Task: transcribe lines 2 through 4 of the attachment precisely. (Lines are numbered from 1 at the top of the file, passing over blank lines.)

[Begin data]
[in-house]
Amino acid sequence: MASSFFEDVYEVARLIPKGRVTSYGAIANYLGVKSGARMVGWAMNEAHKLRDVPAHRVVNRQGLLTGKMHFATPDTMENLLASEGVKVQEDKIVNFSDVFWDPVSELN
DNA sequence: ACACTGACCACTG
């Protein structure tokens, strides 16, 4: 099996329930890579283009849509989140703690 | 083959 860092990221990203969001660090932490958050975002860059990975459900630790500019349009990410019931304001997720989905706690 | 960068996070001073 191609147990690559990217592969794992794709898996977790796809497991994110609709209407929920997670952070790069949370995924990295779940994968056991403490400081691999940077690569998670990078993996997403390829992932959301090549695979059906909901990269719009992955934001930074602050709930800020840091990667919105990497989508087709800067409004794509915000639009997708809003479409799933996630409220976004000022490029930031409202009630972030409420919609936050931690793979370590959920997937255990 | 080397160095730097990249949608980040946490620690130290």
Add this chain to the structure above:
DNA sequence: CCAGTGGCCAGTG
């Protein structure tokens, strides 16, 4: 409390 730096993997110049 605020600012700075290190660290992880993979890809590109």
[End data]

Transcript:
Amino acid sequence: MASSFFEDVYEVARLIPKGRVTSYGAIANYLGVKSGARMVGWAMNEAHKLRDVPAHRVVNRQGLLTGKMHFATPDTMENLLASEGVKVQEDKIVNFSDVFWDPVSELN
DNA sequence: ACACTGACCACTG
């Protein structure tokens, strides 16, 4: 099996329930890579283009849509989140703690 | 083959 860092990221990203969001660090932490958050975002860059990975459900630790500019349009990410019931304001997720989905706690 | 960068996070001073 191609147990690559990217592969794992794709898996977790796809497991994110609709209407929920997670952070790069949370995924990295779940994968056991403490400081691999940077690569998670990078993996997403390829992932959301090549695979059906909901990269719009992955934001930074602050709930800020840091990667919105990497989508087709800067409004794509915000639009997708809003479409799933996630409220976004000022490029930031409202009630972030409420919609936050931690793979370590959920997937255990 | 080397160095730097990249949608980040946490620690130290």